OPINION OF TRUSTEES ____________________________________________________________________________

Complainant: Respondent: ROD Case No:


In Re

11-0113 – August 20, 2015

Michael H. Holland, Marty D. Hudson, and Joseph R. Reschini

The Trustees have reviewed the facts and circumstances of this dispute concerning the provision of benefits under the terms of the Employer Benefit Plan.

Background Facts

The Complainant’s daughter went to the local emergency room on August 30, 2014, complaining of pain upon urination and blood in her urine. She reported that the symptoms had started five days earlier. The Complainant’s daughter was diagnosed with a urinary tract infection and treated with an antibiotic and a medication to reduce urinary symptoms.

The Respondent’s third party administrator denied payment for all charges associated with the Complainant’s daughter’s emergency room visit on August 30, 2014, because the services were allegedly not covered for the diagnosis reported. Nevertheless, following an appeal by the Complainant, the Respondent indicated that benefits had been provided for the lab and radiology services provided during the emergency room visit. The Respondent upheld the original denial of the emergency room facility charge and the physician’s charges because the emergency room services were allegedly not rendered within 48 hours of the onset of the symptoms.

Who is responsible for the unpaid portion of the emergency room visit?

Positions of the Parties

Position of the Complainant: The charges are a covered benefit under the Employer Benefit Plan.

Position of the Respondent: The Complainant did not seek emergency room treatment within 48 hours of the onset of acute symptoms.

Opinion of Trustees ROD Case No. 11-0113 Page 2

Pertinent Provisions Article III A(2)(a) of the Employer Benefit Plan states:


(2) Outpatient Hospital Benefits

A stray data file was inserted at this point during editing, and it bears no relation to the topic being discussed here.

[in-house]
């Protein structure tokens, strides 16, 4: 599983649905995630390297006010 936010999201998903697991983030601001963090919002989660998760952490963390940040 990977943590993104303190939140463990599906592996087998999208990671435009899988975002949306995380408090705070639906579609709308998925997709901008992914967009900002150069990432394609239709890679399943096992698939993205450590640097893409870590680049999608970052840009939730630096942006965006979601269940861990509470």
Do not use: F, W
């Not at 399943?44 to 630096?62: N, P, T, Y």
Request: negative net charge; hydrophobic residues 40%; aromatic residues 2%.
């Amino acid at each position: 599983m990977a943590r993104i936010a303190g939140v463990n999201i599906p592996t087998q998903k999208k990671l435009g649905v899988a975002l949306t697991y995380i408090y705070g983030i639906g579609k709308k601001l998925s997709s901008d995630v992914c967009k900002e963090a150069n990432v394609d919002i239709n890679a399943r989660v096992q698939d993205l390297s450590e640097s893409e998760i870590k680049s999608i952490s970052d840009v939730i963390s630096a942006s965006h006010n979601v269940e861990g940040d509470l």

(a) Emergency Medical and Accident Cases

Benefits are provided for a Beneficiary who receives emergency medical treatment or medical treatment of an injury as the result of an accident, provided such emergency medical treatment is rendered within 48 hours following the onset of acute medical symptoms or the occurrence of the accident.

Article III.A(3)(h) of the Employer Benefit Plan states:


(3) Physicians’ Services and Other Primary Care (h) Home, Clinic, and Office Visits

Benefits are provided for services rendered a Beneficiary at home, in a clinic (including the outpatient department of a hospital) or in the physician’s office for the treatment of illnesses or injuries, if provided by a physician.


Article III.A.(2)(a) of the Employer Benefit Plan states that benefits will be provided for emergency medical treatment when such treatment is provided within 48 hours following the onset of acute medical symptoms. The Funds’ Medical Director has reviewed the medical records submitted and opined that the Complainant’s daughter’s symptoms started five days before the emergency room visit and that the records did not indicate that her symptoms progressed within 48 hours preceding the emergency room visit so as to qualify as new acute medical symptoms.

However, the Funds’ Medical Director concluded that the physician services associated with the emergency room visit were medically necessary and would be covered in non-emergent settings.

Respondent’s consideration of non-emergent diagnosis discharge codes as the basis for determining the medical necessity or appropriateness of coverage of emergency medical treatment under the Employer Benefit Plan is not consistent with the terms, provisions, and requirements of the Employer Benefit Plan.

Opinion of Trustees ROD Case No. 11-0113 Page 3

Opinion of the Trustees

The Respondent is not required to pay the facility charges for the emergency room visit on August 30, 2014, but is required to pay the physician charges associated with that visit.